I will now be posting a monthly White Dwarf review as a regular feature on Chicago Dice. I’ll highlight each of the main features from the issue along with a few photos. I’d like to keep these as a running log of the new (current) version of White Dwarf and how it fares month to month.
Let’s take a look at the fourth installment of Games Workshop’s monthly hobby magazine. The December issue weighs in at 148 pages, the same as the first issue back in September. I have no issue with the page count as this magazine is loaded with content.
Each issue of White Dwarf starts with a round-up of the months releases in Planet Warhammer. This 21-page section covers everything from the new release of Blood Bowl, the Thousand Sons, new Black Library novels, video games and more. It is great to see third-party releases included in White Dwarf and it’s great to see all aspects of Games Workshop being highlighted beyond just the models. Plus, there is an incredible four-page spread of Magnus the Red and the Thousand Sons battling a horde of Space Wolves. I also want to highlight part of the description of Magnus as “the first of the treacherous Daemon Primarchs to be brought to life in plastic”. Now, I do not want to start any rumors but that wording certainly leaves it open for more Primarchs! One of the upcoming releases that I am most looking forward to is Index Chaotica and Index Imperialis. These two hardback volumes are a follow-up to the excellent Index Astartes and are a must have for collectors like myself.
Blood Bowl cover story
For anyone not interested in the Thousand Sons, this month’s big release is Blood Bowl. The only surprising thing about this release is that it took Games Workshop so long to come out with a new edition. Blood Bowl has been a fan favorite for decades and the new edition is sure to impress. If you are interested at all in Blood Bowl the 10-page cover story, plus the Match Report, should provide you with all the details you need. For $99, a fair price, you get the wonderfully reimagined Blood Bowl filled with two complete teams in gorgeous plastic along with all the dice, counters, cards and even a double-sided game board. If you are put off by the $99 price tag, have no fear! The Skaven team is also available for order and for just $35 you can get a full team. This is a great sign for future Blood Bowl releases and for us who have a friend that picks up the full game and we only need to grab a team.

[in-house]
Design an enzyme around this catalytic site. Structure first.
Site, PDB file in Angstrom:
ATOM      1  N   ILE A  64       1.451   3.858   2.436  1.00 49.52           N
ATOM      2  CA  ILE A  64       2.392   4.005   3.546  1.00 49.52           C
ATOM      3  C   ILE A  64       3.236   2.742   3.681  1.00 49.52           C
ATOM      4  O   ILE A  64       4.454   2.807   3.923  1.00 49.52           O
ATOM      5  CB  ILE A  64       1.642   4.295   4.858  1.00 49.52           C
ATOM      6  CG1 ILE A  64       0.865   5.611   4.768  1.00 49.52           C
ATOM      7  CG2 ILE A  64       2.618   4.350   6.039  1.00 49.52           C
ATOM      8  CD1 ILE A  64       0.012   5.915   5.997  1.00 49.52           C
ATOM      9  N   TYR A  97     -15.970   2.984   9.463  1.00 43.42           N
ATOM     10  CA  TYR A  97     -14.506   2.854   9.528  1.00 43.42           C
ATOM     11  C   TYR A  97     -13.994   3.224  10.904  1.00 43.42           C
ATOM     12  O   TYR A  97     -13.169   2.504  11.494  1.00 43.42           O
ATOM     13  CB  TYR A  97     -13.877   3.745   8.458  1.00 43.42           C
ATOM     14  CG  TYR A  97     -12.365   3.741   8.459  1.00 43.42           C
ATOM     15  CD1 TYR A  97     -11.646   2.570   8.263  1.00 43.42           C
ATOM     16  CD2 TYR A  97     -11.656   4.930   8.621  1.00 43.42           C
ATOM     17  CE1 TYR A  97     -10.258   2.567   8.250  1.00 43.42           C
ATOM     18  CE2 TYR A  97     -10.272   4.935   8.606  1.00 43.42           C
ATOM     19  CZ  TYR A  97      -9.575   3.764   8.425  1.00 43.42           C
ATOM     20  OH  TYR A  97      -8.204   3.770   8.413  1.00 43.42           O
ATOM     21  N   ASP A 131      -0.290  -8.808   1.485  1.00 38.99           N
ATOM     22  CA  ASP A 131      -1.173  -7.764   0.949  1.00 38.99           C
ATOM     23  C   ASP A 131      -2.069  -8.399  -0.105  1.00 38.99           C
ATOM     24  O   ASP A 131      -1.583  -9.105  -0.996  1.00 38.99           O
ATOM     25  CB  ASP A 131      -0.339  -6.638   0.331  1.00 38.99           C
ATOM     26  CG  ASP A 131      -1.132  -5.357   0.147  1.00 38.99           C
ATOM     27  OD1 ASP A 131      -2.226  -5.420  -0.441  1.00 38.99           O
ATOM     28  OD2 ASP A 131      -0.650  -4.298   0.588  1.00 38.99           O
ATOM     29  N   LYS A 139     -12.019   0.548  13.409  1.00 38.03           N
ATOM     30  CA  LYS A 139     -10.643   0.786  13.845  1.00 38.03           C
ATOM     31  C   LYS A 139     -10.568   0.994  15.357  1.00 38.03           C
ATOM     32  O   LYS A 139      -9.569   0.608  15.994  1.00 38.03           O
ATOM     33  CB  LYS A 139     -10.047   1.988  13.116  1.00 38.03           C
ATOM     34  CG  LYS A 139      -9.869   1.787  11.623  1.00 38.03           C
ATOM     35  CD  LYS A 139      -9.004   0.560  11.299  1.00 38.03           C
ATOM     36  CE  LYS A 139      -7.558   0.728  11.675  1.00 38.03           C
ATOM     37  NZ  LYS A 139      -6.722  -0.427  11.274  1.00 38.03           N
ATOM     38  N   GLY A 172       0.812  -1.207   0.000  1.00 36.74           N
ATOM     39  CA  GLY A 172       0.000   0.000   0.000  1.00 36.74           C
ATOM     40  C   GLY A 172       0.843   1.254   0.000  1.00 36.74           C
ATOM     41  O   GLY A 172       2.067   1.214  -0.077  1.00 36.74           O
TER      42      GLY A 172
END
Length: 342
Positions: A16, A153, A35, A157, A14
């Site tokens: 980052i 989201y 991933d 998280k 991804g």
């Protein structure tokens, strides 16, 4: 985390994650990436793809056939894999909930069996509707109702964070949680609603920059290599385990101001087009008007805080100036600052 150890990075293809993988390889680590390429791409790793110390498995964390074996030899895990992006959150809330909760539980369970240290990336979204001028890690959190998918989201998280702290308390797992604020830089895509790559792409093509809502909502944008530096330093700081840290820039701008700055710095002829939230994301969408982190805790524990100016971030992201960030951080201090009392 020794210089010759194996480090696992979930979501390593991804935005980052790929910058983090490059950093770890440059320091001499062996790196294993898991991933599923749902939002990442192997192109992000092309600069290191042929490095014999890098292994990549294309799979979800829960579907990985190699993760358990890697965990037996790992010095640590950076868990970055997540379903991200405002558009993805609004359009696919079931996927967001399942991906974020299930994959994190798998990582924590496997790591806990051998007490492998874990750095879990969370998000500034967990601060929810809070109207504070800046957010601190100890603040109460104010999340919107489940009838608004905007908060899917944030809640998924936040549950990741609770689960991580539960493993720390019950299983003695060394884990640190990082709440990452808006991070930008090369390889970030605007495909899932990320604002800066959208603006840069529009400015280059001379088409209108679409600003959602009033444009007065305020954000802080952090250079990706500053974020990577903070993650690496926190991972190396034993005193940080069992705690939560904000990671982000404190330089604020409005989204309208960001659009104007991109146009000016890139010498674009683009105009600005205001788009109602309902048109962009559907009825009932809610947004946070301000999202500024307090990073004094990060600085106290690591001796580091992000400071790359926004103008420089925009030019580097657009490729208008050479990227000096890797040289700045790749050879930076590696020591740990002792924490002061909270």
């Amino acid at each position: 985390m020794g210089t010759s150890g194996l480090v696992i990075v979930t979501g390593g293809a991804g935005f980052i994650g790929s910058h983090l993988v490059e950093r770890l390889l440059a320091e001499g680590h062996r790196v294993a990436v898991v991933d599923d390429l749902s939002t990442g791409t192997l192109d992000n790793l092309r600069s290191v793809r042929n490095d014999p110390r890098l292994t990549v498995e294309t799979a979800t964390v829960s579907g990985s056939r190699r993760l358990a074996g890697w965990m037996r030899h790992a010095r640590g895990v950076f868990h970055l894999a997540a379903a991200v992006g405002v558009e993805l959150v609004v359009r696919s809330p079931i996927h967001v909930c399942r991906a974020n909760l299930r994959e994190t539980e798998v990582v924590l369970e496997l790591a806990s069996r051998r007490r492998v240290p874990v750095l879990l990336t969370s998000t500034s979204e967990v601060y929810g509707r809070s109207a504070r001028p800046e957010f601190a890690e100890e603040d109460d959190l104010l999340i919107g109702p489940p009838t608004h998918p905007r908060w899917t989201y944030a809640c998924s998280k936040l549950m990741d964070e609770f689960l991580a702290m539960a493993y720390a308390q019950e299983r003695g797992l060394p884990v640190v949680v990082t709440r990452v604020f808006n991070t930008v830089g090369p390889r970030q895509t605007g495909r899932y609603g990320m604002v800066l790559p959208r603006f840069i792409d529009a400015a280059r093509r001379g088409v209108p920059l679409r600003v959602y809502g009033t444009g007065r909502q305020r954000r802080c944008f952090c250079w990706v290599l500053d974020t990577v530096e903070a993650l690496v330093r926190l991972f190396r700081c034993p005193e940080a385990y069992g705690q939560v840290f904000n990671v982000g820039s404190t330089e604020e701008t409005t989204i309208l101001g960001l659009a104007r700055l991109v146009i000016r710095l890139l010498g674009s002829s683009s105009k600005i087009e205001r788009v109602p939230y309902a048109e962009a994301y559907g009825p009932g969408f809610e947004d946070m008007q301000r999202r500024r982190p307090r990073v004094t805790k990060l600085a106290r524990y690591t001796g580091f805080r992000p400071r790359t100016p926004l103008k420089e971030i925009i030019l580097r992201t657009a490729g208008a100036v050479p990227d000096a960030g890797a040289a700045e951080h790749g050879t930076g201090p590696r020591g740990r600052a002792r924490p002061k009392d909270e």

Now here is a first. An installment of Blanchitsu that I enjoyed! Normally I am not a fan of how John Blanche’s iconic art style is translated onto the tabletop but not this month. Instead of a short showcase of a warband or a collection of models, this month takes a look at an event that took place at Warhammer World and involved a dozen players all with warbands on a set on incredible custom tables. I never thought I’d say this but, I wish this section was longer.
A Tale of Four Warlords